3. Setting Up Crawl Infrastructure

We have used following open source software’s to setup 24×7 crawling, distributed storage and processing.

  1. Hadoop HDFS – Apache Hadoop is an open source software framework that supports data-intensive distributed applications. Hadoop Distributed File System (HDFS) is the primary storage system used by Hadoop applications. HDFS creates multiple replicas of data blocks and distributes them on compute nodes throughout a cluster to enable reliable, extremely rapid computations.
  2. Cassandra NoSQL Storage – Apache Cassandra is an open source distributed database management system. It is designeded to handle very large amounts of data spread out across many commodity servers while providing a highly available service with no single point of failure.
  3. Hadoop Map-Reduce Tasks – MapReduce is a programming model for processing large data sets, and the name of an implementation of the model by Google. Hadoop MapReduce is used to do distributed computing on clusters of computers with HDFS.
  4. Pig Scripts – Pig is a high-level platform for creating MapReduce programs used with Hadoop. The language for this platform is called Pig Latin. Pig Latin abstracts the programming from the Java MapReduce idiom into a notation which makes MapReduce programming high level, similar to that of SQL for RDBMS systems. Pig Latin can be extended using UDF (User Defined Functions) which the user can write in Java, Python or JavaScript and then call directly from the language.
  5. Zookeeper for co-ordination – Apache ZooKeeper is a software project of the Apache Software Foundation, providing an open source distributed configuration service, synchronization service, and naming registry for large distributed systems.
  6. Apache Nutch Search Engine – Nutch is an open source web search engine based on Lucene and Java for the search and index component.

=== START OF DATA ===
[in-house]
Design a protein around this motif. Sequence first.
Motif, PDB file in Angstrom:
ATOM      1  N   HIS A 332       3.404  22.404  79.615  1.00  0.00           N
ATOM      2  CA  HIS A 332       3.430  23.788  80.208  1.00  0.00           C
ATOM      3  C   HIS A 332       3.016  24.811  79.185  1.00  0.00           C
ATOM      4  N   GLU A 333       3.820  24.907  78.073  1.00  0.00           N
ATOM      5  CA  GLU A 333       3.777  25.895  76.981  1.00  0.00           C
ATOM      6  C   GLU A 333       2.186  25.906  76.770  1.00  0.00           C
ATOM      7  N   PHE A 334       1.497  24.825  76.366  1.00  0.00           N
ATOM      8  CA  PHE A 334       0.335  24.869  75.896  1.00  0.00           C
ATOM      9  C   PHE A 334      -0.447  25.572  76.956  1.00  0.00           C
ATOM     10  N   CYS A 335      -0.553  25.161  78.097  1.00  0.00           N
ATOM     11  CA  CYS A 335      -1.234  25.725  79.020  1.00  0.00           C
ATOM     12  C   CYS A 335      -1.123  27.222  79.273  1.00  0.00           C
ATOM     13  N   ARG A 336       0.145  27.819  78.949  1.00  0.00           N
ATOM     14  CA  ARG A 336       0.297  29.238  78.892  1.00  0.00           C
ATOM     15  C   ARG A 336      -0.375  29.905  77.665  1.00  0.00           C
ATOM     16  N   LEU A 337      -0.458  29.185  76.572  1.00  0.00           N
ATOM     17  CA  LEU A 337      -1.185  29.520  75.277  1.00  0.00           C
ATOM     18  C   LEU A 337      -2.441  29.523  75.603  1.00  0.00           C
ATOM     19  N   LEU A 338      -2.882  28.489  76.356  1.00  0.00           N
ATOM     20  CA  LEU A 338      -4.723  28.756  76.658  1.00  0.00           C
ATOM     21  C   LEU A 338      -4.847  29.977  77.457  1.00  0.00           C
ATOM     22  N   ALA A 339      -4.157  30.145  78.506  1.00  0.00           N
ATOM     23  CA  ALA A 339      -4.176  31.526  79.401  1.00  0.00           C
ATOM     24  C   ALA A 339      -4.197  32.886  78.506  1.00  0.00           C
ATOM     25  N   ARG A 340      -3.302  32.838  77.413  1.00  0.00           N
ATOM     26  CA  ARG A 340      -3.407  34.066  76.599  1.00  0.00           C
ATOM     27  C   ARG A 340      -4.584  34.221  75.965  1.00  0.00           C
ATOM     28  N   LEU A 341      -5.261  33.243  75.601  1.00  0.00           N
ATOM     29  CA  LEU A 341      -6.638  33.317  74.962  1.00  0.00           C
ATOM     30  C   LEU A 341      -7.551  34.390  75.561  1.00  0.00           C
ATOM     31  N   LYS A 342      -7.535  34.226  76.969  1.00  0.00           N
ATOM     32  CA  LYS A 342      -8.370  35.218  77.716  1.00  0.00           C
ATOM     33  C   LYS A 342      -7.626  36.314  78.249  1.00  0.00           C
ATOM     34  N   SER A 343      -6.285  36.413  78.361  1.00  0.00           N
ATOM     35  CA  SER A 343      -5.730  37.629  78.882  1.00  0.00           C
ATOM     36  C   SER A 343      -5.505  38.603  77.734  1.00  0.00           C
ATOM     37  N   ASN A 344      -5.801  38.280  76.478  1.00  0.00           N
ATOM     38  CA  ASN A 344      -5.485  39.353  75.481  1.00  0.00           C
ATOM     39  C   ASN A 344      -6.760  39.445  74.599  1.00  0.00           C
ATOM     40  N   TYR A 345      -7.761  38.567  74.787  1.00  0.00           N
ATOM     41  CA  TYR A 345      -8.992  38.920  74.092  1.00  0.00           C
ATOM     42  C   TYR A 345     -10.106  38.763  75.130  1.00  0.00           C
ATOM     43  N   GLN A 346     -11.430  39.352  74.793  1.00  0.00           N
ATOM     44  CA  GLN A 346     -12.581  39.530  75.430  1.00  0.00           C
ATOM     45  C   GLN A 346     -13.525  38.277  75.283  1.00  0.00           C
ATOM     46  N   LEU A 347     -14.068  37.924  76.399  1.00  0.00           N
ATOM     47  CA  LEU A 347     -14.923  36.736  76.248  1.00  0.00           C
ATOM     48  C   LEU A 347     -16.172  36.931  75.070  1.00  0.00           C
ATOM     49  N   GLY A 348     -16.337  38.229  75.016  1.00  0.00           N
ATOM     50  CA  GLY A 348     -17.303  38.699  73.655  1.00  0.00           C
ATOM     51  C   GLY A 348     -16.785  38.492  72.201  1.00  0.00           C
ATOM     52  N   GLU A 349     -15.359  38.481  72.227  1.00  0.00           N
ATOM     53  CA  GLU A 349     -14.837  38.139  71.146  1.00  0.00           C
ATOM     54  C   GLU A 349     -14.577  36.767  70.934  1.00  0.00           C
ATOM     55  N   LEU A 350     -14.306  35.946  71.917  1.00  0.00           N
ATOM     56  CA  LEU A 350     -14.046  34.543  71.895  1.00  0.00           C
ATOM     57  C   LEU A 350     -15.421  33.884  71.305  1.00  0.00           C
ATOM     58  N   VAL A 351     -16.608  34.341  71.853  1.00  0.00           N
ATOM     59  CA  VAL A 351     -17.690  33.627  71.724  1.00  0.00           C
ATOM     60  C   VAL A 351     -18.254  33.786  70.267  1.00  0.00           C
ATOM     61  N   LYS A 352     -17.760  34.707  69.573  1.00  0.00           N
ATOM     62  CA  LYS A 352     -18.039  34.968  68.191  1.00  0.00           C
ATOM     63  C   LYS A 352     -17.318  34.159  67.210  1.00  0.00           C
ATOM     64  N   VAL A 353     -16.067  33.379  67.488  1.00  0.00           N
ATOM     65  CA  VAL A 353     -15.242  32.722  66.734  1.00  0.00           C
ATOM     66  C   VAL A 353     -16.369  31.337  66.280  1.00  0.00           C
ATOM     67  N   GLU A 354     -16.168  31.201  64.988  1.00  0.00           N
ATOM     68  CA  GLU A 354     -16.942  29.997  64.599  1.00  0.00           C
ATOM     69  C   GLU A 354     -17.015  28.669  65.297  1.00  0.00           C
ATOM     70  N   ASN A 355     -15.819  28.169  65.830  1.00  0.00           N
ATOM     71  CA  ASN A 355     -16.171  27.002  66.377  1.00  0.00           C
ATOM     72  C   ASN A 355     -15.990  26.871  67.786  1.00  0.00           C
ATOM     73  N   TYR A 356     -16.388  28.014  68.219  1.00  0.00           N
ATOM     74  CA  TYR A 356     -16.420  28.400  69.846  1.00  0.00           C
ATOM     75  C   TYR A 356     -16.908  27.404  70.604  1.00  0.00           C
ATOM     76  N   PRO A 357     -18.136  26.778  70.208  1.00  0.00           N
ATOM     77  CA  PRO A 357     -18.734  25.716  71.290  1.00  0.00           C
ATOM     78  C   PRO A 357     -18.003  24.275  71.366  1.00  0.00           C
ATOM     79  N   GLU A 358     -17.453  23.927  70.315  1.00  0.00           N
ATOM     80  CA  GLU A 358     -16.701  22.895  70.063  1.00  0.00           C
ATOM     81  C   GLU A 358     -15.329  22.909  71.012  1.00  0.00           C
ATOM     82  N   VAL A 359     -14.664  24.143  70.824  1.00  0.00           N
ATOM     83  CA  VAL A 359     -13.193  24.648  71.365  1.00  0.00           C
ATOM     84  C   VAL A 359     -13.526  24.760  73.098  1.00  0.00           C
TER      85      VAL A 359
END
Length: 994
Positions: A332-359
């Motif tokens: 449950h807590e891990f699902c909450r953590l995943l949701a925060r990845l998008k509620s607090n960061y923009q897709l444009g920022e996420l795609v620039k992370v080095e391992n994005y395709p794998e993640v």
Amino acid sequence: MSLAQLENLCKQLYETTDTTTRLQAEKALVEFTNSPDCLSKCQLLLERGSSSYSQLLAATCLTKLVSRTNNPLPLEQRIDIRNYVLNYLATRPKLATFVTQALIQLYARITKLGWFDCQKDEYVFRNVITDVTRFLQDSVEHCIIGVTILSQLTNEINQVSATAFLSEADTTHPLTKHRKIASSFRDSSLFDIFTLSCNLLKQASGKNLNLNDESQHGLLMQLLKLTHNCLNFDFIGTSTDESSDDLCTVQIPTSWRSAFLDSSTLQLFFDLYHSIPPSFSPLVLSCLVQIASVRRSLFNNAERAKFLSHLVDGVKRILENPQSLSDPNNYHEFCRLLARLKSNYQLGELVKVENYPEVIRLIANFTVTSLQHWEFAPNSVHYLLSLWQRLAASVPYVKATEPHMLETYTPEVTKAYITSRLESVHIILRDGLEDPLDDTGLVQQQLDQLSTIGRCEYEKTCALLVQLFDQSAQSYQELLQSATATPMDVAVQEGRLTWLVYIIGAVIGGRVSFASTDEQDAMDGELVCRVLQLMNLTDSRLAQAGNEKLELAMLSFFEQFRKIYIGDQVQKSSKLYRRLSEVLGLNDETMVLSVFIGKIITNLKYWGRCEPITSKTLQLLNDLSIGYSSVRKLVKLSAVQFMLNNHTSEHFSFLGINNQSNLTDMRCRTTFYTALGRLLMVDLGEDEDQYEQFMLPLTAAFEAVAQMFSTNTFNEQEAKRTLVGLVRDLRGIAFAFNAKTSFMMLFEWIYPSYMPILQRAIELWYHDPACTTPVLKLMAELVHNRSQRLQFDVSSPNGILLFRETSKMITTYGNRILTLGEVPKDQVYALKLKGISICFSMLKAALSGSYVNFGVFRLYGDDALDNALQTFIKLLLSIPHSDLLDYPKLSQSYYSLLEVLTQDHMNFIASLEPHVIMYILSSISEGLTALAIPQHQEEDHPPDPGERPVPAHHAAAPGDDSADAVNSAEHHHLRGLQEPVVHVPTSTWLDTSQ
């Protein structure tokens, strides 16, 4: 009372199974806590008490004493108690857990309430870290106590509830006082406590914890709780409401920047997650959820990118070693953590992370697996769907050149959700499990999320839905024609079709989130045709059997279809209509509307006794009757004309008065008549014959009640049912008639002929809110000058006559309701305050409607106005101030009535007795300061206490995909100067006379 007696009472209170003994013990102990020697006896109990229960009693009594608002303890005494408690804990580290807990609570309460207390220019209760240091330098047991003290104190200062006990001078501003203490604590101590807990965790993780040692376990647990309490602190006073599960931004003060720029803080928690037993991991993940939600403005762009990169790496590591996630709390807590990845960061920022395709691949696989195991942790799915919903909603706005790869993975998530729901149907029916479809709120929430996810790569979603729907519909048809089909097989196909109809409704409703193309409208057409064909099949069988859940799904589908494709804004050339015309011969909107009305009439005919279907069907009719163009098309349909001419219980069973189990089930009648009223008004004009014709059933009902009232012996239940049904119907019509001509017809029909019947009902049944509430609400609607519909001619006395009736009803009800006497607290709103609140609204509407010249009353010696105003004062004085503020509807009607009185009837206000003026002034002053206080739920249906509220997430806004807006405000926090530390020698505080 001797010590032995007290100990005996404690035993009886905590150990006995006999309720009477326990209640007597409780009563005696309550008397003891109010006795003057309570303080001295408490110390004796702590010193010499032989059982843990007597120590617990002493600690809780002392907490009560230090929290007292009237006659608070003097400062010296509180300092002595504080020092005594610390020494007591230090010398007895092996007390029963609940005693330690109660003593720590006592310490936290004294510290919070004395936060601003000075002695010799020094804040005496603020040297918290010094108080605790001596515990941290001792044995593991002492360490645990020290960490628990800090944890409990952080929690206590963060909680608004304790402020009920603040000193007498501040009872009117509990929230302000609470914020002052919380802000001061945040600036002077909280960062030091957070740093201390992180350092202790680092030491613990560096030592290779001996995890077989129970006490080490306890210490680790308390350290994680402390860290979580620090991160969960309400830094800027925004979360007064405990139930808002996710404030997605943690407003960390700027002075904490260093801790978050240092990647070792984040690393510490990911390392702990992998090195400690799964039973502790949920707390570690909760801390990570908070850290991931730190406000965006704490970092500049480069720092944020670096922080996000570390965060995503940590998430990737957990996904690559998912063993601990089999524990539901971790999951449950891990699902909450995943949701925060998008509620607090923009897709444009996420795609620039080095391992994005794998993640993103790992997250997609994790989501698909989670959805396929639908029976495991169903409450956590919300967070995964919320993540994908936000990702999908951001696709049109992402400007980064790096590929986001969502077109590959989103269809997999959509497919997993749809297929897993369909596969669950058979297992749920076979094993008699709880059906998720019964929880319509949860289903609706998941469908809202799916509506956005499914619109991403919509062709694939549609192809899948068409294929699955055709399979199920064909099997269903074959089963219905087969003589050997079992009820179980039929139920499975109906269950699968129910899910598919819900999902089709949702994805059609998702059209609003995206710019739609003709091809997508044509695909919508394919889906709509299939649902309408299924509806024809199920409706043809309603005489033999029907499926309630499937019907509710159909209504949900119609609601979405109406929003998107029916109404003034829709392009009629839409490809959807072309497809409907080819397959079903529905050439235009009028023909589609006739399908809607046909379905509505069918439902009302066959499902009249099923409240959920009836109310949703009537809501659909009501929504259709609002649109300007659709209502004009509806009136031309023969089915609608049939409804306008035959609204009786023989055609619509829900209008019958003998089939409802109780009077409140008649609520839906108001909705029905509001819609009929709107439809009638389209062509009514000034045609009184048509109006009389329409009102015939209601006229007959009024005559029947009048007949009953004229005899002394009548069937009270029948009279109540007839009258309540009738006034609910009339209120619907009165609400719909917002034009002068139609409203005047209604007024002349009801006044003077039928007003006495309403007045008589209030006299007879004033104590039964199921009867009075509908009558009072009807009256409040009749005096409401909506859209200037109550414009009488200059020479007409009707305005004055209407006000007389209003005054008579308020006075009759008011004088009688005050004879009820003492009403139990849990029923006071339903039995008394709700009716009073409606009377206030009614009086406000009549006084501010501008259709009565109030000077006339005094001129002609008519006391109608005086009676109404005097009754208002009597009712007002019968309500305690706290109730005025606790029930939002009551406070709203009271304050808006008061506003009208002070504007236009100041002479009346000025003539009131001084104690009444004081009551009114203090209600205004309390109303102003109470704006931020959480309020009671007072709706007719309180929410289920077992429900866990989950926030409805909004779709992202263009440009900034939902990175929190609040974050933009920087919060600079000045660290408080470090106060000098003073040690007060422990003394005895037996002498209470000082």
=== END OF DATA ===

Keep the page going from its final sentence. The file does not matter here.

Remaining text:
7. Text Processing Through Lucene – Apache Lucene is a high-performance, full-featured text search engine library written entirely in Java. It is suitable for full-text searching when working on cross-platform.

4. Costs

  1. Total Infrastructure Cost – The whole setup did cost us around $12K, which includes the price of servers, cooling and power backup components. We buy individual components from the local vendors and assemble ourselves helping us to mange per server cost to $500. In terms of effort, it takes 2 to 3 hours right from assembling to serving our users (1 hour to assemble, 30 mins to restore image via Mondo, 1 hour for service installations and configurations via Puppet)

    For visual monitoring, we use an LED TV ( which costs around $450) to display, graphs for memory usage, IO status, disk usage and crawl status. We use a discarded mobile phone with a Bluetooth dongle (around $4).

    We had an initial investment of $1800 for the power backup solutions.

  2. Monthly Infrastructure Operating Cost – Monthly cost for operation of the whole infrastructure is about $1K which includes the cost of monthly internet leased lines, electricity and space rentals.

    The operation cost for two separate leased lines is around $250 per month. We use a $1 quarterly SMS plan with the phone as a part of monitoring.

  3. Maintenance Operation Time – We do not spend more than 30 minutes daily for monitoring of infrastructure and its maintenance.

In this way, we have been successful in building our own data center and cloud network using commodity hardware and keeping the initial as well as maintenance costs low.

Some of our well-wishers have mentioned, that we can provide infrastructure service to other start-ups. We are glad to receive complements, but we feel, its just a start for us and we would continue to focus on our objective. Once we reach a good scale, even our infrastructure capability would mature and that might be right time to consider other opportunities. Meanwhile, we are happy to help other start-ups with our learning. Feel free to reach us.

We hope this article might be helpful to other startups, who want to build their own infrastructure while keeping the costs down.

HackerNews disucssion: http://news.ycombinator.com/item?id=4207439